3 min read

Everybody’s Real Sorry

Now you, Dear Reader, are all caught up and know as much as I do.

Previously: The flashback to the sword heist comes to a grim end. The sisters fail to heist the sword, and take it out on each other by being as hurtful as possible. Mina abandons Batya to her fate. Donna the Magic Cow is thoroughly tranquilized and falls over.

— 44 —

Anyway, where were we?

Oh, right. It’s today. Tonight. A year later. Batya in bed, Mina on the floor. Mina’s room. Couriers’ quarters. Hawthorne Grain HQ, off Malus Pier. Bottom of Garra Bay. Fort Hook. The Salty Abyss. Planet Earth.

“What’d you do?” Mina asks. She looks, Bat is pleased to note, like a beaten dog expecting another beating.

“Hollered,” Bat says. “Then got tossed in the Folly clink for a couple days.”

“How was that?”

“Not bad. Better than juvie. The food was actually pretty good. Lots of cheese.”

“They let you out on good behavior?”

“They got tired of me hollering. Then I went back to our office and burned it down.”

“I figured that was you. Then you got a dumbass loan for your taco truck.”

“Mulitas. Then my truck got killed, then you kidnapped me, now we’re all caught up except for one thing.”

“All right then, go ahead and apologize for what you said.”

Bat’s laugh is harsh and flat. “I’m not gonna apologize for saying true truths.”

“You could at least feel bad.”

“I do feel bad. But here’s what I don’t feel. I don’t feel bad for breaking the only rule that matters. Because I didn’t and I never would. That’s what you did.”

Mina rubs a finger along three parallel cuts on her forearm. “You were hateful,” she says. “And, I mean…you did flub the job.”

Bat lies back down against the karate-chopped pillows, stares at the rivets running along the curved steel ceiling. “I’d say I got unlucky. But sure, I’ll take responsibility. I’m a grown ass woman. I did some soul searching and I am now, you know, enlightened. Wise.”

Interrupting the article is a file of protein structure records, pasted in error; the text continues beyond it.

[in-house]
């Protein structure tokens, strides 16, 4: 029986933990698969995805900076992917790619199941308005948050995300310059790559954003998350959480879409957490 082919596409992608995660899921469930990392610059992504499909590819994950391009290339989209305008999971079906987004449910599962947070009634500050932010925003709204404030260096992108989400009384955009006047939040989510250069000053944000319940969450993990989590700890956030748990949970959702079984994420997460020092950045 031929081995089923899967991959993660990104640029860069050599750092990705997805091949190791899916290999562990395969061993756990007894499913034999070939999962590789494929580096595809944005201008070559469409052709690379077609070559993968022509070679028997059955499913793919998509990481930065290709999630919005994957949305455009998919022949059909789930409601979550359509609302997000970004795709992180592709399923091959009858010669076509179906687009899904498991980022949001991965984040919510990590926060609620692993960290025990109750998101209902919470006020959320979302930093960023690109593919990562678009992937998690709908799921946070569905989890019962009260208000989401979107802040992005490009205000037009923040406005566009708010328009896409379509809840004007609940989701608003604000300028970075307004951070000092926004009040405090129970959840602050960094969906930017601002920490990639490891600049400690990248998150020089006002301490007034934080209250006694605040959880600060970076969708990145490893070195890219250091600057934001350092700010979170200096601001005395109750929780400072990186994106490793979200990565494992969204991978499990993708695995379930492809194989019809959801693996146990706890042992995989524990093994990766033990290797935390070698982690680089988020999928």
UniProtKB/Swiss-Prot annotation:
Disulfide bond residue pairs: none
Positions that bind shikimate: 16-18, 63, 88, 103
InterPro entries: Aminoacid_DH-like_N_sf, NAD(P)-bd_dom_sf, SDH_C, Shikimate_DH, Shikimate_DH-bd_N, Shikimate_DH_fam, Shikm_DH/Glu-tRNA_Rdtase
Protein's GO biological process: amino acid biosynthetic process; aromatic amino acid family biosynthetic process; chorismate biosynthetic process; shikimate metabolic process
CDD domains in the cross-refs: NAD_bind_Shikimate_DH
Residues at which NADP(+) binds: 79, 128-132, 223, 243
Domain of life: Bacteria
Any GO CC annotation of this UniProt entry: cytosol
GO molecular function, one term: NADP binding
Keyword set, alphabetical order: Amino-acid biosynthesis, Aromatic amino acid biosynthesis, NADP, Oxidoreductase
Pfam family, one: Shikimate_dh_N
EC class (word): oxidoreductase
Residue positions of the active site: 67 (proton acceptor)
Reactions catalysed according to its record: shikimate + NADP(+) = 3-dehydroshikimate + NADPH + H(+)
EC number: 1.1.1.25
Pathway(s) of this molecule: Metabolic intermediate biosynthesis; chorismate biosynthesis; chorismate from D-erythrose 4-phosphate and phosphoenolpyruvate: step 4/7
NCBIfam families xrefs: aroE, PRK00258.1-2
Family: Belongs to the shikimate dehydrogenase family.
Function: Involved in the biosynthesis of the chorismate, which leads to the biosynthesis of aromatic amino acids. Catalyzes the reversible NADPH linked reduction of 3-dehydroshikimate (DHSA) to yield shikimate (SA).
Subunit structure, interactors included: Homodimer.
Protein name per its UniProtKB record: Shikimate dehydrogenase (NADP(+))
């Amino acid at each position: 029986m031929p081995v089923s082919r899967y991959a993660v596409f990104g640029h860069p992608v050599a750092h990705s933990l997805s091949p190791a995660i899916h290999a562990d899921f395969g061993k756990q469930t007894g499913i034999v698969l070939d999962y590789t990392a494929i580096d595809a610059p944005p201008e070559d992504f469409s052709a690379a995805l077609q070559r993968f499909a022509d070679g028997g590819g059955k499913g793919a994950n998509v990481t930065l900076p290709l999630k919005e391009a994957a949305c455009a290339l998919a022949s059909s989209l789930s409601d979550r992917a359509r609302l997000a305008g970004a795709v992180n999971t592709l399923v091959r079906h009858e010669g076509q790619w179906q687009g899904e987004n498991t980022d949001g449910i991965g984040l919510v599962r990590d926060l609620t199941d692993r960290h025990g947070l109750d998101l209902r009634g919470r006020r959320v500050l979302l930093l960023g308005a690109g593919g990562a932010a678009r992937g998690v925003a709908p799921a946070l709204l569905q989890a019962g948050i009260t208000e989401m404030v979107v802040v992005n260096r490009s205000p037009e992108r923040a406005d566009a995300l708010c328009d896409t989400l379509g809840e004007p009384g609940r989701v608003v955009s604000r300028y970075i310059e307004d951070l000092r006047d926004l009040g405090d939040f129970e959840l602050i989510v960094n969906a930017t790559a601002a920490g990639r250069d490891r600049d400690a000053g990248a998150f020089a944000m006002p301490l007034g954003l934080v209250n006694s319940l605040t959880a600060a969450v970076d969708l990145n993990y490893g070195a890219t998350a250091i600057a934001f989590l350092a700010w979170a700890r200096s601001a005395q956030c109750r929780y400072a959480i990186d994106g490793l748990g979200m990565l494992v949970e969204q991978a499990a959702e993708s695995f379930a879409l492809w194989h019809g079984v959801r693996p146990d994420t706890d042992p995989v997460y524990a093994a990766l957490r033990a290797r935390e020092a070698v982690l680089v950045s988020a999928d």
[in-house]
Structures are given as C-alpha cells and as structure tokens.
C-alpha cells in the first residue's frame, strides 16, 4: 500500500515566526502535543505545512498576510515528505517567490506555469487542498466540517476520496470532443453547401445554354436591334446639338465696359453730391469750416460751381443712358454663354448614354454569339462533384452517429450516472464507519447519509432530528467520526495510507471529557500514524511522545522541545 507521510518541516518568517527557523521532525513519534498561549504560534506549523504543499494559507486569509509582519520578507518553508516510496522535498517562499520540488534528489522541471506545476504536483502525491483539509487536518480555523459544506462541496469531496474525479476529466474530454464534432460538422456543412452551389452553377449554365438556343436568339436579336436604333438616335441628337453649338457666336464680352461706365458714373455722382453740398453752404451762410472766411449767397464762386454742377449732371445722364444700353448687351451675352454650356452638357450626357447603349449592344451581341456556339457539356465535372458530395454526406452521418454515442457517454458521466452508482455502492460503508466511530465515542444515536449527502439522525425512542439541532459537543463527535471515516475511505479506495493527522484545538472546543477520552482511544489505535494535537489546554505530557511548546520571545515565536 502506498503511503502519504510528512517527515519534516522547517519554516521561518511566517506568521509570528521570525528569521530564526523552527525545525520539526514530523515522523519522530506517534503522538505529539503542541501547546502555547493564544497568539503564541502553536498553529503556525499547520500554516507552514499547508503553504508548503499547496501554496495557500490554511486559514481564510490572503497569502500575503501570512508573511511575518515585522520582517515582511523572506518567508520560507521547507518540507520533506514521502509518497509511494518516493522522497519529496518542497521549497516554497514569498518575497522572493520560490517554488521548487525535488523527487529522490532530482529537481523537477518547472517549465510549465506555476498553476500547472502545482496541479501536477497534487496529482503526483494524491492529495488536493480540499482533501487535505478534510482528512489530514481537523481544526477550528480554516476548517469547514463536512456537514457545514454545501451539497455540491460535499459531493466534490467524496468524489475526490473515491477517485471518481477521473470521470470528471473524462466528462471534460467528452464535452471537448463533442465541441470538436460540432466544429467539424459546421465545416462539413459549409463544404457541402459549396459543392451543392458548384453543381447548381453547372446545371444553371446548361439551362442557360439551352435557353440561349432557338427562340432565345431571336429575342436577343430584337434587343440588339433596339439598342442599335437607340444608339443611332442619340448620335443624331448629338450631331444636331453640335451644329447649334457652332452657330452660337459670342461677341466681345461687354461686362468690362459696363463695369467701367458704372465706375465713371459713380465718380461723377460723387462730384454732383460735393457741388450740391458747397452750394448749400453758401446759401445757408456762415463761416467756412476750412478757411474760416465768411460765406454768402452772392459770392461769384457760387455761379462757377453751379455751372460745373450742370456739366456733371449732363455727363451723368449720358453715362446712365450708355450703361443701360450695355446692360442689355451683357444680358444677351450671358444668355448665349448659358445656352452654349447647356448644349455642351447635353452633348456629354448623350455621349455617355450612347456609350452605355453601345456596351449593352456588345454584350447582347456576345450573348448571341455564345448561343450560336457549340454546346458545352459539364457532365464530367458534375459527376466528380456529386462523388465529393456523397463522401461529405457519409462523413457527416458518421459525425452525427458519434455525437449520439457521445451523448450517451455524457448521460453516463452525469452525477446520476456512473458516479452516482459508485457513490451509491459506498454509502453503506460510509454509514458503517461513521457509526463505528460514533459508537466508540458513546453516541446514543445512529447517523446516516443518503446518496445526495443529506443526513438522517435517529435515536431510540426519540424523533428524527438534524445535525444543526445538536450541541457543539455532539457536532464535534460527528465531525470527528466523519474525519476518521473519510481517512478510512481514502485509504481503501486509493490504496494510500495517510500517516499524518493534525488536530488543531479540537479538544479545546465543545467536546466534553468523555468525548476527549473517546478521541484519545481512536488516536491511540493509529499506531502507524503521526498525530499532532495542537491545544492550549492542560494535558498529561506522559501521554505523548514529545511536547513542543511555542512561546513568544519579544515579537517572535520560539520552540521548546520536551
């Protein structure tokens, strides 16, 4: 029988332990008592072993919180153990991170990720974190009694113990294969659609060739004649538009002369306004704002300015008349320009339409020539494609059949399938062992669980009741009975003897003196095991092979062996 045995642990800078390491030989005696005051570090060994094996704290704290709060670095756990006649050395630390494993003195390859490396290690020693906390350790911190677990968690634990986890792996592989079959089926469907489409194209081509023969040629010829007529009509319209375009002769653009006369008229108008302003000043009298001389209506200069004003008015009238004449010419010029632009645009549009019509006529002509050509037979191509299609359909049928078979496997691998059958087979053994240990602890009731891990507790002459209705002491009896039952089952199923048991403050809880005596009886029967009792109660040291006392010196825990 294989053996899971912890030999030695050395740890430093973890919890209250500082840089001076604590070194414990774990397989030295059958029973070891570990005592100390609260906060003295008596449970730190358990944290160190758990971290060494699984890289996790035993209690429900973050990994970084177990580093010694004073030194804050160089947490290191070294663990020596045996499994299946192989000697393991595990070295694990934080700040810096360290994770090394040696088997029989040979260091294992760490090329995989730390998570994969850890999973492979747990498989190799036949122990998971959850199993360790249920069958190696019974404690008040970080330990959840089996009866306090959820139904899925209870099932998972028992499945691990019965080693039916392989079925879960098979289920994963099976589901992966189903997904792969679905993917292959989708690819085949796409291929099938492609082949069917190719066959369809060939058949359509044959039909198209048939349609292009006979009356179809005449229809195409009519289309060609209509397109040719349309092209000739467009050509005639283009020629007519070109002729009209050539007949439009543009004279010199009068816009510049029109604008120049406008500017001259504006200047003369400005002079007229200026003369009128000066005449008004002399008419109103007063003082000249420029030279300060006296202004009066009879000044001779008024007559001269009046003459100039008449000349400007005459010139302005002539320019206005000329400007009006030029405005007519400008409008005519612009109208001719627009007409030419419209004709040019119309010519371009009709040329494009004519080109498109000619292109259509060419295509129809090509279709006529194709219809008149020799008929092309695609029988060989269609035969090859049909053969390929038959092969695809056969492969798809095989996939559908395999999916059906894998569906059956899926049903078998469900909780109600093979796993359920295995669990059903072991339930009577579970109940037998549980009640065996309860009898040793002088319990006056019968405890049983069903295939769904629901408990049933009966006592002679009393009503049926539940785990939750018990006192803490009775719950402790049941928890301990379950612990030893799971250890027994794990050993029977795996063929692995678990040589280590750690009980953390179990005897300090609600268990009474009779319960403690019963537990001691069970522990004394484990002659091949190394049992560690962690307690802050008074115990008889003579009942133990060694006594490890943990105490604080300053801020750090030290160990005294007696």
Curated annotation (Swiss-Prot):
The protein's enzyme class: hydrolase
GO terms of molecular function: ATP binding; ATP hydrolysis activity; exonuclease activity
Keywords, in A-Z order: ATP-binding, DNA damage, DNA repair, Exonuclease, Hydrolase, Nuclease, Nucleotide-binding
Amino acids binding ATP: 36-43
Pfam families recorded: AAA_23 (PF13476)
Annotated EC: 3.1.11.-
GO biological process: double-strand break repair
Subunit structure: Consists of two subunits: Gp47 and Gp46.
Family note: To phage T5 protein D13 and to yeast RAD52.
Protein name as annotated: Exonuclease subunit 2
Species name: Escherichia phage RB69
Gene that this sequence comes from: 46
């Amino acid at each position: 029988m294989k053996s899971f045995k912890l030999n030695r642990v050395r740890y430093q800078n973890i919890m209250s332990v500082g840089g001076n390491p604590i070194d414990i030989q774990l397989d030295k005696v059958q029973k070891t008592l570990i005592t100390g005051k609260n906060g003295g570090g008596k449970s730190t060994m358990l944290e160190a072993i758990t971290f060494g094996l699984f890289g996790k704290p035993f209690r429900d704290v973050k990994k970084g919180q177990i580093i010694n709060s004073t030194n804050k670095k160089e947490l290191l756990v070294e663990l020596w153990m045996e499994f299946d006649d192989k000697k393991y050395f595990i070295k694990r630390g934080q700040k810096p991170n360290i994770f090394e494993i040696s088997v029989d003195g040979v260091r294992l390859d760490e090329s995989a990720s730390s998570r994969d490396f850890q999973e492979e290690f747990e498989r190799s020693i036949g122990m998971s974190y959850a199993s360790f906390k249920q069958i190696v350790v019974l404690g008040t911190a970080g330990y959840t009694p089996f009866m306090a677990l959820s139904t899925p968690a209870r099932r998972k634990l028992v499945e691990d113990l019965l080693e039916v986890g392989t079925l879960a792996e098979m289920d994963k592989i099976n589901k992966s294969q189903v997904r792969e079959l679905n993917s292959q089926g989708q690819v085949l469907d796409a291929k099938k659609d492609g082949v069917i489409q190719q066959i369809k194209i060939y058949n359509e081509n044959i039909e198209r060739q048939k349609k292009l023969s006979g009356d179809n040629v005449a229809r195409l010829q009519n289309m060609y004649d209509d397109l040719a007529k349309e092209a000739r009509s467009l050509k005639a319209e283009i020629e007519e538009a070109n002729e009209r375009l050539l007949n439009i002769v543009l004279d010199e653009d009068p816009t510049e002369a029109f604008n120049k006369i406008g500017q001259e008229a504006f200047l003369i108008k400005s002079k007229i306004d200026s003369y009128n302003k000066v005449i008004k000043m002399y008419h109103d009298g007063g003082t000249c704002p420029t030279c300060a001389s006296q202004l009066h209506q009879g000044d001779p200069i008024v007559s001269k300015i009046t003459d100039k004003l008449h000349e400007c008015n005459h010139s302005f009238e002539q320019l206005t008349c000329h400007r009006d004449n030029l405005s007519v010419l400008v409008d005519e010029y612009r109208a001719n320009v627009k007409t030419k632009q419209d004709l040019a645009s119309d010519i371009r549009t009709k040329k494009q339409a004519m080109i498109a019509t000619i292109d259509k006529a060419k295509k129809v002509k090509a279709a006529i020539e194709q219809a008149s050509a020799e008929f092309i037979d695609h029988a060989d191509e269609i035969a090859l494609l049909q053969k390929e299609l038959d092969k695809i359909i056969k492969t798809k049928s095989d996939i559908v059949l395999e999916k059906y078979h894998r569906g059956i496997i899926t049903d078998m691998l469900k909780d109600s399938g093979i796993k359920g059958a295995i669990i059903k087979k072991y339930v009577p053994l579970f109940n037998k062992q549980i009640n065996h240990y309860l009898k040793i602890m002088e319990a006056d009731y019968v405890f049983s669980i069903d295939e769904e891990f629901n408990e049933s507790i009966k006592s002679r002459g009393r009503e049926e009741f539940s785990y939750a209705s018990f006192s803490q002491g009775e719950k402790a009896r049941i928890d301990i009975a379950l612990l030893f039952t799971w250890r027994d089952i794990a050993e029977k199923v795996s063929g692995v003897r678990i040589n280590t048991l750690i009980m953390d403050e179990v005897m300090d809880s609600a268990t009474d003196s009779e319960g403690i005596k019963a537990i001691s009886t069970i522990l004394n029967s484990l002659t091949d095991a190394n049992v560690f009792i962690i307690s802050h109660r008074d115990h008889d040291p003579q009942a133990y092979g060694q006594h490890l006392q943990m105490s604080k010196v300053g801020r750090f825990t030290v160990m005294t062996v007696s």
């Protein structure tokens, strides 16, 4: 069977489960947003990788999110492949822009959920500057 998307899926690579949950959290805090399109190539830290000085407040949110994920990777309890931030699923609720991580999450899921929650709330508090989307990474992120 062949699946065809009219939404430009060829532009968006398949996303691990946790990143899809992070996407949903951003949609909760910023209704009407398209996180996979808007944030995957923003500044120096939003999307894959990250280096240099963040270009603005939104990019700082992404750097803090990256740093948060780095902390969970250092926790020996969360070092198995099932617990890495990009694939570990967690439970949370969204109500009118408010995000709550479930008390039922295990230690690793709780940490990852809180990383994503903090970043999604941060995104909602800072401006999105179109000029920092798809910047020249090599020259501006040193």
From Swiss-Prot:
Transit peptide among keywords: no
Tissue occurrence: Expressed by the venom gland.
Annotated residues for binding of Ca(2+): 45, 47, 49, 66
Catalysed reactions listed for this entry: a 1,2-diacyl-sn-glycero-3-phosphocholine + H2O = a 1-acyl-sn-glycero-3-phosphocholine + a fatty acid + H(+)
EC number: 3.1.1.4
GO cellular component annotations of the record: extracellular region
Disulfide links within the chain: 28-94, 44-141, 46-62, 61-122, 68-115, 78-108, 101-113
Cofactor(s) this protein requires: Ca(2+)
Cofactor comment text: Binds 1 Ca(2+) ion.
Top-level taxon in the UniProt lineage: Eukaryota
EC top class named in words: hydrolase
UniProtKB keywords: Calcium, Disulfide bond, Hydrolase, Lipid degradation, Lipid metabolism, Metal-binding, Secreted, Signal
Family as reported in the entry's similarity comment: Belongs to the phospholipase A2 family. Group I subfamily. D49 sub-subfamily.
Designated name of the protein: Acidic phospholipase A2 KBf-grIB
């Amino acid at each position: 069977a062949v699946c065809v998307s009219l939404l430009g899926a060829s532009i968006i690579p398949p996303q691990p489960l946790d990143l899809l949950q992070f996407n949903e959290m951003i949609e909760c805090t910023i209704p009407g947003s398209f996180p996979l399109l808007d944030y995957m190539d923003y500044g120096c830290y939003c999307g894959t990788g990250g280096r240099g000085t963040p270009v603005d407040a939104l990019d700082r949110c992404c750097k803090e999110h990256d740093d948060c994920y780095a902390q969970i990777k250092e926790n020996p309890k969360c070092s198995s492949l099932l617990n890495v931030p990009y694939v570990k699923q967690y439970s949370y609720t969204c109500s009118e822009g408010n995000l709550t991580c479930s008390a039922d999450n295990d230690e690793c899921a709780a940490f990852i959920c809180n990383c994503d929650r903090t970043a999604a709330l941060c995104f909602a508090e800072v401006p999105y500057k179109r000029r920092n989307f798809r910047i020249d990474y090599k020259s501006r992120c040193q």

Mina’s laugh is smooth and silvery. “Yes.”

“But jobs go south. Stupid shit, like, transpires. All the time. And what we do is we eat it or we lam it or we, I dunno, we make hay. But whatever happens, we do it together.”


“You’ve never walked without taking me with. Not ever.”

“I said I was—”

“Shut up. I know you’re sorry. I’m sorry, too. Everybody’s real sorry. But you need to know there’s this thing now. There’s this thing between us that wasn’t there before. And I don’t know if it’ll go away.”

Mina wipes her eyes, gets up. “Let me in there, my back hurts.”

Bat shoves over to the far side of the bed, lifts up the signal flag quilt. Mina kills the nightstand lamp and slides in.

They’re quiet for a while. As she does every night, Bat tries to remember her song from the music box. She catches a wisp of it but then her sister interrupts:

“You were right about the Itch. She’s been chatty.”

“I’ll shut her up,” Bat says, about to drift off. “Love you, Mina.”

“I love you, too.”

“Don’t ever ditch me again.”

“I won’t.”

“Because I will find you,” Bat murmurs, mostly asleep. “And I will pluck out your heart and show it to your severed head.”

“I know, little Batya,” Mina whispers. “I know.”


This has been Chapter 44 of Chokeville, a novel by Josh Fireland.

Next upThe Depth Charge